Thursday, March 15, 2012

Baskets full of pollen!

I did a double-take last Sunday when I was working in the bee yards; bees were returning to the hive with huge amounts of pale yellow pollen packed onto their hind legs.  Turning my eyes skyward I searched for exploding buds, since I figured this early blooming must be a tree, but I didn't identify anything.

 These bees are packing pollen in their corbiculae, a divot on their 
back legs also familiarly called a pollen basket 
(Zimmerpeople Hive)

Later that evening I looked up Jim Kloek's excellent website to see if he was seeing pollen in his hives.  He had posted the following:
A couple beekeepers told me they saw their bees bringing in pollen. There isn't pollen quite yet. The bees are going to bird feeders or deer feeders and picking up dust off of the feed. They will get this seed or corn dust and bring it back to the hive as pollen. Bees will also collect fine sawdust in the very early spring. I knew a beekeeper that someone was building a treated lumber deck across the street from his hive. The bees went over and brought back the treated lumber sawdust. The treated lumber had an insecticide in it. The colony died as the result of this. Pollen may start coming in as the frost leaves the ground.  If there are pussy willows in your area watch them for bees working for available pollen.
I like and respect Jim, especially as a beekeeper, but this post made it seem as if he were living in a different reality than I was.  The first four inches of the soil in my bee yards is defrosted and the possibility that eight hives out of ten were finding that much saw dust or bird seed to pack on, let alone the likelihood that they would, seemed doubtful to me.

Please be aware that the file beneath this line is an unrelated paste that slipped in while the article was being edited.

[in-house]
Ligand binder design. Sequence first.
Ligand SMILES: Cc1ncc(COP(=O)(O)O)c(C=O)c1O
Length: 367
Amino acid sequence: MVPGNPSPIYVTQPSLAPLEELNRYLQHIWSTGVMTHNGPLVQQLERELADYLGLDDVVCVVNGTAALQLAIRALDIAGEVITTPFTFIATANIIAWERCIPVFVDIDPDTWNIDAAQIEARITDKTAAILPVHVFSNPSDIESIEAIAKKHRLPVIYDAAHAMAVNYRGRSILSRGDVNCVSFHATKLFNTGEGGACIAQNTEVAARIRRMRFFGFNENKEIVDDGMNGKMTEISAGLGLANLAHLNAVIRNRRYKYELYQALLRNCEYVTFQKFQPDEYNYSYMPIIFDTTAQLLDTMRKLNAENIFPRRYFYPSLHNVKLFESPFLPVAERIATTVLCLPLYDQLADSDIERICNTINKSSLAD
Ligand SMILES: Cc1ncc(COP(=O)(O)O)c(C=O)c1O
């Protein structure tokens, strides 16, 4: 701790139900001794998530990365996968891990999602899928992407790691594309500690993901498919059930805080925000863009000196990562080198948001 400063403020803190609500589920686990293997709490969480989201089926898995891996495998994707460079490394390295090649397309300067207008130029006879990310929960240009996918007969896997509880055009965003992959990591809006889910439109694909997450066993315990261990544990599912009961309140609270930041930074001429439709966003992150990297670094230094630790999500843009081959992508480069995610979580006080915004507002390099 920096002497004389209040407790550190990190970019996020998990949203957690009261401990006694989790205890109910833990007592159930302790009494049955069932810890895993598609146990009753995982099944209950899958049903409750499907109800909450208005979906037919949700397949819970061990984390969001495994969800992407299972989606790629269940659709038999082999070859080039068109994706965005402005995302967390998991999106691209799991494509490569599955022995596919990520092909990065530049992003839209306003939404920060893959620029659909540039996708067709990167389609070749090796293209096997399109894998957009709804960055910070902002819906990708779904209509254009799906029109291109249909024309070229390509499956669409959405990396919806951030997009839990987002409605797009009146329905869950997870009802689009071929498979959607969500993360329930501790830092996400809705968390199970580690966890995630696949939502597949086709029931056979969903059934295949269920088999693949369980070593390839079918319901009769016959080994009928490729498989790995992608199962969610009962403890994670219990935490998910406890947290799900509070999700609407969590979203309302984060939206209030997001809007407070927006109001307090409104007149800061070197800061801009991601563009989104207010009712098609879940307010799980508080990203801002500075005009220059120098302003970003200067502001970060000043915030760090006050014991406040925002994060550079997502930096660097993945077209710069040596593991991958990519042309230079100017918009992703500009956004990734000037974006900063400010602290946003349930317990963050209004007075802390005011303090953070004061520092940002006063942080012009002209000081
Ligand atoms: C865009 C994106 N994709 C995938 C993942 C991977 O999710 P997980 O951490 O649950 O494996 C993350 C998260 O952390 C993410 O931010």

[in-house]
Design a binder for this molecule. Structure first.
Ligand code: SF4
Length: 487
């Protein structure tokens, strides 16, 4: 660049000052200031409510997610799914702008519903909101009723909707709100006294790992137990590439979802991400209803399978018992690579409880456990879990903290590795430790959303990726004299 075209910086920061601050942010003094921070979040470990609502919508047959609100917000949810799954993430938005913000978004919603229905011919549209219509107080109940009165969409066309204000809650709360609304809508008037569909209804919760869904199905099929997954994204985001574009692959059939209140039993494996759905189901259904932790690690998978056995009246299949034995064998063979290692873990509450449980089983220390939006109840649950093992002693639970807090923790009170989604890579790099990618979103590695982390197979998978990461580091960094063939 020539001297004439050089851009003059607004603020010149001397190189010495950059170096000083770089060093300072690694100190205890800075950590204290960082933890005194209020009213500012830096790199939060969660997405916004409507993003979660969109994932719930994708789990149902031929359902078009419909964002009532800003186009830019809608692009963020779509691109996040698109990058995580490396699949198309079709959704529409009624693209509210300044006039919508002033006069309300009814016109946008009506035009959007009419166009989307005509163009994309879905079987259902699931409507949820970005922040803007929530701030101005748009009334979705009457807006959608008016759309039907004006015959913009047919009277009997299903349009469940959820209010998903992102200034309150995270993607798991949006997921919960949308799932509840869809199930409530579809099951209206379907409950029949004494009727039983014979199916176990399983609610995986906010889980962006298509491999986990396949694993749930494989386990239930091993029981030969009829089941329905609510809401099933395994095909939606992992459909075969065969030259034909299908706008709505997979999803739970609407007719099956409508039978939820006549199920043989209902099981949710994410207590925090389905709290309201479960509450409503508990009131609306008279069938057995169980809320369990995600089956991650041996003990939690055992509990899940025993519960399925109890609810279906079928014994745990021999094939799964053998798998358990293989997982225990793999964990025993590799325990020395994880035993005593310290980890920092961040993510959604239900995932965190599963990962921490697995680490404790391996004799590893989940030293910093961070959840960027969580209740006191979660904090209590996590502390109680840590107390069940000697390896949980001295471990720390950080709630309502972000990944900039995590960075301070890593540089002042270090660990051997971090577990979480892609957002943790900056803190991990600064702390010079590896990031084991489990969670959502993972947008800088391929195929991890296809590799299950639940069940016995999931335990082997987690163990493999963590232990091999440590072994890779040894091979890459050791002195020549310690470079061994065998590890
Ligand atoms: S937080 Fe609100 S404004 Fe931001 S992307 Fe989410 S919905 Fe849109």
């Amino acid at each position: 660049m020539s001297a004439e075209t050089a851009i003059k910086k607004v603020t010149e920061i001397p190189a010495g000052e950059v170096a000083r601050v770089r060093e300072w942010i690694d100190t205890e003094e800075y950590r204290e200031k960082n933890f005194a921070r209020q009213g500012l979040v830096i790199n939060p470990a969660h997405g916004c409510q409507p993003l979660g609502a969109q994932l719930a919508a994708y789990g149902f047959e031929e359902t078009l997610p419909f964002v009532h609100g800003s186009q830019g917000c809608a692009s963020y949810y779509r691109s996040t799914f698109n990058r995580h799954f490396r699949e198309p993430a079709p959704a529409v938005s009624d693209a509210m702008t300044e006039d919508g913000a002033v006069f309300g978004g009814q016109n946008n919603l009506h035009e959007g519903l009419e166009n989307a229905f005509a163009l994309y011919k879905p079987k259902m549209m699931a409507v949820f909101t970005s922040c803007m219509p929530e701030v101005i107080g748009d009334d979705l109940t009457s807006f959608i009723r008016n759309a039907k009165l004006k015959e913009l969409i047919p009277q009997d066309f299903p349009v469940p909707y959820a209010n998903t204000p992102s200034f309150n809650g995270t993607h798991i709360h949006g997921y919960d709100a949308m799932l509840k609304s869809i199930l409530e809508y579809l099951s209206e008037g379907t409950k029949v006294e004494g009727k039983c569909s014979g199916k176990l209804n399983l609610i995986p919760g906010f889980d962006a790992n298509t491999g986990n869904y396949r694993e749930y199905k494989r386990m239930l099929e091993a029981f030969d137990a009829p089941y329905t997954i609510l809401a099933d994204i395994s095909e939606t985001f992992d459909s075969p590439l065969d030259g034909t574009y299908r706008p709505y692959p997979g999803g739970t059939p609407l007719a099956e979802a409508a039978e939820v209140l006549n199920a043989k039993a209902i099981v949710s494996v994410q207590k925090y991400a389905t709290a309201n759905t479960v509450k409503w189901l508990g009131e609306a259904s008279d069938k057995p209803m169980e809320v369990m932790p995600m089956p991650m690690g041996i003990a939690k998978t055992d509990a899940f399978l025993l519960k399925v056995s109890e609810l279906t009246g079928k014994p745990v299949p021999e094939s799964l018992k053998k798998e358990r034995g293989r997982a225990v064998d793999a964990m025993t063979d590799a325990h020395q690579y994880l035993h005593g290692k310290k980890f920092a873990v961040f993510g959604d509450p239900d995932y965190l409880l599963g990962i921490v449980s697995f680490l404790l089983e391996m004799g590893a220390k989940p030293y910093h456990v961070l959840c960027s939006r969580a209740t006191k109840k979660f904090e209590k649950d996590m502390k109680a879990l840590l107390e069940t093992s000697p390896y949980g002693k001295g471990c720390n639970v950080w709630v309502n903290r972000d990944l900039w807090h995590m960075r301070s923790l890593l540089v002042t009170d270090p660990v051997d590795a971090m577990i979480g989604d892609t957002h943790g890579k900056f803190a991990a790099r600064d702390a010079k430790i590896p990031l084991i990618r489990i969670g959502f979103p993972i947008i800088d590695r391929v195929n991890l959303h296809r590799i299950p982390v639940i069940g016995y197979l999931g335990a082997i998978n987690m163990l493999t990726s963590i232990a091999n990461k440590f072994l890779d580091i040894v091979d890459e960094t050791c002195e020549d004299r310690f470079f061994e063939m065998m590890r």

Honey bees feeding on over-wintered honey
(Konar-Steenburg Hive)

In fact, the bird seed/saw dust story sounds apocryphal to me.  What would attract a bee to a bird feeder or a construction site?  More to come on this as research time allows.  ;)

Just because the bees are finding pollen doesn't mean that they're finding much nectar, though.  Not knowing what kind of pollen the bees are bringing back means I can't tell how much nectar that tree produces in its blossoms.

This morning the Saint Paul Pioneer Press ran an article on the early spring and included a segment on the bee hive at Woodlake Nature Center in Richfield.  
The latest early sign of spring at Wood Lake Nature Center in Richfield happened Tuesday afternoon, March 13, when naturalist Scott Ramsay was watching the center's honeybees carry their dead from the hive - honeybee spring cleaning. 
A closer look revealed that some of the bees had what are called pollen baskets on their legs."I've never seen them collect pollen this early," Ramsay said. "Tree pollen usually is not out until the first week The of April." 
Honey bees were out collecting tree pollen earlier than usual at Wood Lake Nature Center in Richfield. The yellow balls seen on this bee's hind leg is pollen packed into a depression on the leg called the corbicula.  
 The bees were gathering the pollen from the center's silver maples, several of which sported swollen buds. Some elderberry shrubs at the nature center had also begun to bud, and a few plants were poking their tops out of the thawing ground. 
By the solar measure, the first day of spring this year is March 20. But in phenology - the examination of plant and animal cycles and how they relate to climate - a number of signs in nature can mark the beginning of spring. One of the first in Minnesota is the return of the male red-winged blackbird, which winters in the South.  They arrived at Wood Lake on Saturday, 10 March, a full ten-days early.
Welcome spring. 

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